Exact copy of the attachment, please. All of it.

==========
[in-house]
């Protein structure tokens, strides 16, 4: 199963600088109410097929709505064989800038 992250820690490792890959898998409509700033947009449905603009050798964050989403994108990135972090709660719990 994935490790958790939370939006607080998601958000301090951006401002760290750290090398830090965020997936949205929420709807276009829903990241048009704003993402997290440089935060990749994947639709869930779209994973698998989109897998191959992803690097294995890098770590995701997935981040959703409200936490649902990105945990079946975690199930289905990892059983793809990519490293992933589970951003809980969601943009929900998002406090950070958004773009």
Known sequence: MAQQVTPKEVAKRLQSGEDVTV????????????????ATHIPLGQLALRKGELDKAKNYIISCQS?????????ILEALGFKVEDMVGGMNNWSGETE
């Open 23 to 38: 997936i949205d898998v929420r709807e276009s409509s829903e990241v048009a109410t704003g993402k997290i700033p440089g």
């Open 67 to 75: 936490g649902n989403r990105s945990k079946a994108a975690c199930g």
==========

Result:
[in-house]
């Protein structure tokens, strides 16, 4: 199963600088109410097929709505064989800038 992250820690490792890959898998409509700033947009449905603009050798964050989403994108990135972090709660719990 994935490790958790939370939006607080998601958000301090951006401002760290750290090398830090965020997936949205929420709807276009829903990241048009704003993402997290440089935060990749994947639709869930779209994973698998989109897998191959992803690097294995890098770590995701997935981040959703409200936490649902990105945990079946975690199930289905990892059983793809990519490293992933589970951003809980969601943009929900998002406090950070958004773009």
Known sequence: MAQQVTPKEVAKRLQSGEDVTV????????????????ATHIPLGQLALRKGELDKAKNYIISCQS?????????ILEALGFKVEDMVGGMNNWSGETE
């Open 23 to 38: 997936i949205d898998v929420r709807e276009s409509s829903e990241v048009a109410t704003g993402k997290i700033p440089g």
């Open 67 to 75: 936490g649902n989403r990105s945990k079946a994108a975690c199930g």